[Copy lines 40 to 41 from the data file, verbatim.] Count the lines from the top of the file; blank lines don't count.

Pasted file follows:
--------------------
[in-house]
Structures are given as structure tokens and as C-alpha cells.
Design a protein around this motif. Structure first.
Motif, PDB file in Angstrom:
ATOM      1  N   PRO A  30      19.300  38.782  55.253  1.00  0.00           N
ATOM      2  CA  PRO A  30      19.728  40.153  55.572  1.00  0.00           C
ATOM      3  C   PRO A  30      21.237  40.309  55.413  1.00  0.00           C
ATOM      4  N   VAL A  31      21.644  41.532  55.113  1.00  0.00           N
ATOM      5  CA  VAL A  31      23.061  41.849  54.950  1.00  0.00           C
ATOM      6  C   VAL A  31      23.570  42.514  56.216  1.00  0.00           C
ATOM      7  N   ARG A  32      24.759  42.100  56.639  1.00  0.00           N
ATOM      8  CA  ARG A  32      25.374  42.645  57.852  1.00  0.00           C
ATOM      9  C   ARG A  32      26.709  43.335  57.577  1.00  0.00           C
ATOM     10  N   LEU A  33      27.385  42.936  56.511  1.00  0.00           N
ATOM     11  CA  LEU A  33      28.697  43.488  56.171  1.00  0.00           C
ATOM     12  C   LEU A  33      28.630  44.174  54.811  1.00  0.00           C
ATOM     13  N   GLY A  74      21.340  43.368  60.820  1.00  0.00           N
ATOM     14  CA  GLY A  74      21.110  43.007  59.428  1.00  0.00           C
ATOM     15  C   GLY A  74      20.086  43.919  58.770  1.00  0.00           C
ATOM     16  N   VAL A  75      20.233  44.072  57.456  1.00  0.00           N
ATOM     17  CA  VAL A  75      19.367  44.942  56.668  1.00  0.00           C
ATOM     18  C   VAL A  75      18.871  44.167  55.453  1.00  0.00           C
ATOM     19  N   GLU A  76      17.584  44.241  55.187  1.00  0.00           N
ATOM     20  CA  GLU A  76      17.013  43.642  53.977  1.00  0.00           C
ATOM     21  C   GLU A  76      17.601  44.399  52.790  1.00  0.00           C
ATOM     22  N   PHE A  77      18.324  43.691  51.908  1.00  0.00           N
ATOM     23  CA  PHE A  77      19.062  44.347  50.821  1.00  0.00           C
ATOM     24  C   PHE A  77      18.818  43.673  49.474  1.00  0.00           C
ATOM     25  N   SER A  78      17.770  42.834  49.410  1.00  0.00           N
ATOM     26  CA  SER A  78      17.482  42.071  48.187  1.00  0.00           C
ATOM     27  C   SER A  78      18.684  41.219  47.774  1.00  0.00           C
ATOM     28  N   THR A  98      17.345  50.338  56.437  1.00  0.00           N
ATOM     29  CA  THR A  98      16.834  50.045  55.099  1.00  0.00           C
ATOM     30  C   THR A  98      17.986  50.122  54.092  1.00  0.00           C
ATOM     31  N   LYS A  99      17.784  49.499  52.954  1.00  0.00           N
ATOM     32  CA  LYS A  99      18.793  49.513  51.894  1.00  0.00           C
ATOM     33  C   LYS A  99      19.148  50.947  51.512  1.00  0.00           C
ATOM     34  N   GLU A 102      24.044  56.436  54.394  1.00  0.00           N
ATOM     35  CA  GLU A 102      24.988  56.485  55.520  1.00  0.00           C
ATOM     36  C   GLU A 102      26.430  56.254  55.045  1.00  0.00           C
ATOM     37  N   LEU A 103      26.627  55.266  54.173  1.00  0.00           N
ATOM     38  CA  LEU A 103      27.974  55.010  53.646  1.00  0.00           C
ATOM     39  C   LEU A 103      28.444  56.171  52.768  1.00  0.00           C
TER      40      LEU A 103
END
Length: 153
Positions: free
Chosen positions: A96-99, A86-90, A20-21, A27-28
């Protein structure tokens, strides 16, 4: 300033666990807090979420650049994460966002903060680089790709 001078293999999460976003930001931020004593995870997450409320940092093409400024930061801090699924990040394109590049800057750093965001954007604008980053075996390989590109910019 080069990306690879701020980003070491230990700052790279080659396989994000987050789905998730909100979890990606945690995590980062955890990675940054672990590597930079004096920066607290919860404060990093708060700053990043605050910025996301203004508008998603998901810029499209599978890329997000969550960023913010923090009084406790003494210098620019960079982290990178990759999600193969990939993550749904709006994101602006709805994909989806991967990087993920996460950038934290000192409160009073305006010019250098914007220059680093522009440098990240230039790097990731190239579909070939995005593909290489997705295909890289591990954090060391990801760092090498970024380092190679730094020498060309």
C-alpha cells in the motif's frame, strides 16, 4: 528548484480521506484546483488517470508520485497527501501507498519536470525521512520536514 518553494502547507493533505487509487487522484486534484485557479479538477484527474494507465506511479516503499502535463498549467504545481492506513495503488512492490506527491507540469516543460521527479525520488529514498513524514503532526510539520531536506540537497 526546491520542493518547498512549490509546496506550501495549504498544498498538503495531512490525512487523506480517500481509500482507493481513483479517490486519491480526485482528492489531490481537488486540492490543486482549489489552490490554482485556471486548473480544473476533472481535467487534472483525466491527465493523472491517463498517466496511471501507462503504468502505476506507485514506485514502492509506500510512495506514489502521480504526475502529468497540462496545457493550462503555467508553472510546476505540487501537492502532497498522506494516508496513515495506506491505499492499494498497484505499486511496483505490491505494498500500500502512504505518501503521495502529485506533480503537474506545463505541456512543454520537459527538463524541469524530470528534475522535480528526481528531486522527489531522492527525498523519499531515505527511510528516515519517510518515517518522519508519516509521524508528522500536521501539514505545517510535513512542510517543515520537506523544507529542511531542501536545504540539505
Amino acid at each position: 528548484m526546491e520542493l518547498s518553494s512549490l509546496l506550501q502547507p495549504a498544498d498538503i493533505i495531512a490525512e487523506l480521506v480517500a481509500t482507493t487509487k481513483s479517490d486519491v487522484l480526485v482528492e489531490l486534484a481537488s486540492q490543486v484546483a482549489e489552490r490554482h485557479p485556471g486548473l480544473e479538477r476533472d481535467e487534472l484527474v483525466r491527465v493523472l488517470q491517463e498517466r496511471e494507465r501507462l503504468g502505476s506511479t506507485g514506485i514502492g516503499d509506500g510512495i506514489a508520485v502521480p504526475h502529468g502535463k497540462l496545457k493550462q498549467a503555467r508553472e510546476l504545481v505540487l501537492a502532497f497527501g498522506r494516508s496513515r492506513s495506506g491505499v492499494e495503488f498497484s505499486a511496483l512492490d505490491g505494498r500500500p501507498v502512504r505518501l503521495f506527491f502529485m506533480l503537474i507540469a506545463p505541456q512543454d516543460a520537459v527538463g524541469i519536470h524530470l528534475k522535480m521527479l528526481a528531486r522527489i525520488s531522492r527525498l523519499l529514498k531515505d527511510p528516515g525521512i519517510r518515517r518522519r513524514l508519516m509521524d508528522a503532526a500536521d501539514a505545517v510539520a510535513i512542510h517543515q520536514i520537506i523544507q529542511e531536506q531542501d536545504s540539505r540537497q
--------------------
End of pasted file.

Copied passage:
ATOM     36  C   GLU A 102      26.430  56.254  55.045  1.00  0.00           C
ATOM     37  N   LEU A 103      26.627  55.266  54.173  1.00  0.00           N